Then there’s the cost of the seemingly endless stream of L. Ron Hubbard lecture CDs, workbooks, courses, training programs to become an auditor, buying your very own “Super VII Quantum E-meter” — all of which can add up to thousands upon thousands of dollars in expenses, with the promise of faster progress up The Bridge. “Soar to OT,” announces an advertisement in one of Scientology’s many promotional magazines. “Your fastest route to Clear and OT starts here,” claims another.
While these might be necessary costs to moving up The Bridge, they’re not compulsory to being a Scientologist argues Wood.
“To be a Scientologist just means that you use Scientology technology to improve conditions in yourself and those around you. I have guys who have never done a course here. They just keep buying the books and applying the things they read to their lives, which is fine... The basic courses to find out about Scientology and different areas of life are anywhere from 45 bucks to 150 bucks. You can go out and buy Anthony Robbins cassettes and ‘improve your mind’ and ‘wake up all energized’ for a grand.”
Wood, like the rest of the staff at the Church of Scientology, receives training, lectures, workshops, and reading material for free in exchange for the work he does. Wood’s job entails talking to the public, answering questions about Scientology and explaining the results of the personality test to anyone who takes it.
After filling out the 200-item questionnaire, which includes such probing questions as, “Are you a slow eater?” and “Would you make the necessary actions to kill an animal in order to put it out of pain?” Wood kindly informs me that I am fairly happy — but not to the degree I want to be — nervous or over-excitable, critical of others, either verbally or mentally, and pretty withdrawn.
As he tells me this, I find myself fidgeting with my hooded sweatshirt and mentally noting that Wood’s earrings are far too big for the size of his head.
“It’s really up to the individual if they want to do something about it,” says Wood. “Say for instance your nervousness. If you really wanted to get a grip on that, we have courses that address these areas of your life.”
World according to Ron
Despite being nervous and withdrawn, I somehow muster up the courage to take a tour of the premises with Angela Ilasi, the church’s public relations officer.
Raised by Scientologist parents, Ilasi, who is 22 and has been working at the church for three years, says Scientology has helped her understand the mechanics of life. “The biggest thing is to be able to see situations in life for what they are, not what they appear to be... Instead of just going through life all confused and not knowing what’s happening at all, I feel like I’m more in control.”
Ilasi says that on a basic level, Scientology teaches people how to communicate better and have healthier relationships. “It’s practical and very much about improving your life, and then as it goes up, it gets more into the spiritual realm.”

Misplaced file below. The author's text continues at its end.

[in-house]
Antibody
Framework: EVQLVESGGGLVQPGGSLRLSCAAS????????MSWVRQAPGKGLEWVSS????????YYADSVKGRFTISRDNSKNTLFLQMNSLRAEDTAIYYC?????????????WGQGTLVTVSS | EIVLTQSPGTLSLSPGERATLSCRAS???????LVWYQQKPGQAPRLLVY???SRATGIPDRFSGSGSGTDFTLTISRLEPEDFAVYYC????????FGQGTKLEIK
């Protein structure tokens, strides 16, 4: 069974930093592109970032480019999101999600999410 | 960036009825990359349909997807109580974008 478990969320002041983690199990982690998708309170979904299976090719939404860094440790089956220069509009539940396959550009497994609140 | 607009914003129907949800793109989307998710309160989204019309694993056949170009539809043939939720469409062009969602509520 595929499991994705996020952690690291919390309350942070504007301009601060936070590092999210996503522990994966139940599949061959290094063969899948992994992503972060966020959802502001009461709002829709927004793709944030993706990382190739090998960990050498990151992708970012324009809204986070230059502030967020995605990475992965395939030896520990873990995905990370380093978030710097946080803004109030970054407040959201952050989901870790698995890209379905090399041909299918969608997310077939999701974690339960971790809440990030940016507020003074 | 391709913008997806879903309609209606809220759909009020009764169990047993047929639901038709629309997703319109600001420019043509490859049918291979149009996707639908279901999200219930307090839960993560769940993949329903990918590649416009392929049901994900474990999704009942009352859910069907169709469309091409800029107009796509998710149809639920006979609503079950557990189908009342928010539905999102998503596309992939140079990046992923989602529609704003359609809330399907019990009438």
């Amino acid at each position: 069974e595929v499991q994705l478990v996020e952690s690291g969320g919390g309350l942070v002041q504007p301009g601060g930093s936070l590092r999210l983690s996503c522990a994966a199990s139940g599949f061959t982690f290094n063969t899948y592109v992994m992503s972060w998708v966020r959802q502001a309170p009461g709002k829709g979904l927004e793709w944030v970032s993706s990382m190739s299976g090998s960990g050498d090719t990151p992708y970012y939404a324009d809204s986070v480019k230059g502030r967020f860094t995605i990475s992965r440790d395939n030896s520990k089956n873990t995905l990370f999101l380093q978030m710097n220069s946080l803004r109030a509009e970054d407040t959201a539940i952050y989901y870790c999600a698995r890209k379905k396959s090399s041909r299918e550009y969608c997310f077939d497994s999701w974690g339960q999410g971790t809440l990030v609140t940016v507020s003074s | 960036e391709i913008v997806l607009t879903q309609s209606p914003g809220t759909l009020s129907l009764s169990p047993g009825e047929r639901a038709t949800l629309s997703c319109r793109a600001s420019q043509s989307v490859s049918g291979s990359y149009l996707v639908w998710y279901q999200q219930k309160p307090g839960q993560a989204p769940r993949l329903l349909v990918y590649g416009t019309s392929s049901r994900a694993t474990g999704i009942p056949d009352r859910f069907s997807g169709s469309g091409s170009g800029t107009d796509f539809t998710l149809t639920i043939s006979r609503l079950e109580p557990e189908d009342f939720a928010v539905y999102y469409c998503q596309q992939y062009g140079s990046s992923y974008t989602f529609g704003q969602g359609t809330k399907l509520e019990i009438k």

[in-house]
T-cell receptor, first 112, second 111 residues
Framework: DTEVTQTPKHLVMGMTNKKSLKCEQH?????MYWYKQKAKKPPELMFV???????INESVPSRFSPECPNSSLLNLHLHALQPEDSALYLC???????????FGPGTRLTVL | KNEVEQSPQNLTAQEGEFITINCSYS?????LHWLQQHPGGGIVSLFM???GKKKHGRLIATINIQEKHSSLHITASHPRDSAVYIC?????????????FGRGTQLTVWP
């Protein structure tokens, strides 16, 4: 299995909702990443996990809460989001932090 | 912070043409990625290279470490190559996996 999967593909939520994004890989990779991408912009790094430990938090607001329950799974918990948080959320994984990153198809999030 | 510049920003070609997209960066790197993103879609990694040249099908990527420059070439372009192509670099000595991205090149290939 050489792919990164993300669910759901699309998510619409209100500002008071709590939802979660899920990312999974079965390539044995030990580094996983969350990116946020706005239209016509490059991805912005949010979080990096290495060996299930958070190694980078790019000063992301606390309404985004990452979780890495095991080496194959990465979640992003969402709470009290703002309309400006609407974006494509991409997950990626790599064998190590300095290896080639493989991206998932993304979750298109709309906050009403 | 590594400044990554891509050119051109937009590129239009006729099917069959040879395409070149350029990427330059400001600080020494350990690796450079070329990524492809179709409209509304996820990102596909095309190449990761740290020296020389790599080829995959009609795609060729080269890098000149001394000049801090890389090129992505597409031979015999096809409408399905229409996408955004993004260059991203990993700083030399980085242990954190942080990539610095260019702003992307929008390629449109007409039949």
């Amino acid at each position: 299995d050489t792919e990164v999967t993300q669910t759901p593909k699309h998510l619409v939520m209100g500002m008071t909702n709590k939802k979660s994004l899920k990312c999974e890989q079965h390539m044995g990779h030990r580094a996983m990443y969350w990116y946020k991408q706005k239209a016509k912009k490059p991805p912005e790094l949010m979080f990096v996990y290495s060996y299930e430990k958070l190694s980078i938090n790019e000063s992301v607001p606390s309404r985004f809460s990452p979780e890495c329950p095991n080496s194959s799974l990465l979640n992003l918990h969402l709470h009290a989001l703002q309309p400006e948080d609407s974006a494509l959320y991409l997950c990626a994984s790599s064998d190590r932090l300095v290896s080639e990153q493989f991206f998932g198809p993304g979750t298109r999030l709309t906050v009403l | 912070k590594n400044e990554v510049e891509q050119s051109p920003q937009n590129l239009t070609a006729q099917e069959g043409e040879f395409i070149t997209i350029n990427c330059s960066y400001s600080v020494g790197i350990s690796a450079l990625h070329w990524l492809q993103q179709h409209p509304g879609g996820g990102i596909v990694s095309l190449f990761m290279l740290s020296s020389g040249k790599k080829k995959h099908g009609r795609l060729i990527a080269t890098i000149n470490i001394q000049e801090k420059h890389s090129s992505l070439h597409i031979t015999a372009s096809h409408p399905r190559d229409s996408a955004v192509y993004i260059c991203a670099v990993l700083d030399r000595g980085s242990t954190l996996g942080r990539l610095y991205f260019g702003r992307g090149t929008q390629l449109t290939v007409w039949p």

As Ilasi walks me through the church, I notice that nearly every room has a framed photograph of L. Ron Hubbard, usually in an ascot or a captain’s hat, often looking wistfully out at the ocean or standing on the bow of a ship.
Everyone at the church refers to Hubbard, who died in 1986, as “Ron.” Coincidentally, it’s Ron’s birthday the day I visit the church. There’s even a poster in the lobby inviting people to celebrate “man’s best friend” at Moxies for a birthday party the following Saturday.
As in most churches, there’s a chapel where a minister leads Sunday sermons, naming ceremonies, weddings and funerals.
Downstairs, there’s a sauna, auditing rooms and classrooms. In one of the rooms, a man and a woman, both training to be auditors, sit and face one another in silence.
“They are practising being able to confront,” Ilasi whispers. “They’re practising being able to comfortably be in a space without bothering you. Later as it gets higher to where people are yelling at you, you practice keeping it together.”
I’m then led back upstairs to a neatly kept office with a large viewing window and a velvet rope cordoning off the entrance. The unused office contains seafaring memorabilia, an up-to-date calendar, a bookshelf filled with some of Hubbard’s thousands of books and lectures, and a desk. On the desk, a handwritten note, as if scribbled by the man himself, is positioned casually.
Ilasi says the office, which can be found in every Church of Scientology, is a tribute to Hubbard and a symbolic gesture that in whatever port or town he happened to travel, he’d always have an office where he could sit and work.
Like most new religions, Scientology began during a time of great societal change and growing disenchantment with established religions. It also had a charismatic leader whose ideas seemed new, but not unfathomable.
“Hubbard was really quite clever in that he put together a lot of ideas that are very popular these days in pop psychology,” says Linda Christensen, a lecturer in Comparative Religion at UBC. “He was talking about these things ahead of his time in terms of getting clear of all your past hang-ups. But because pop psychology is so widespread, it seems to me his ideas aren’t that novel anymore.”
What really prevents Scientology from spreading, however, is the financial factor, she says.
“Let’s face it, it costs a lot of money to take all their courses, so it’s something that really can succeed only amongst the rich or those who are gullible enough to spend their money on it... It’s more a question of what’s going to happen a hundred years from now. When you look at world religions, they’ve been around for a couple thousand years, so this is just a tiny drop of time.”
Dr. Stephen Kent, a University of Alberta sociology professor specializing in the study of religion, says the information superhighway has also hindered Scientology’s expansion into the mainstream.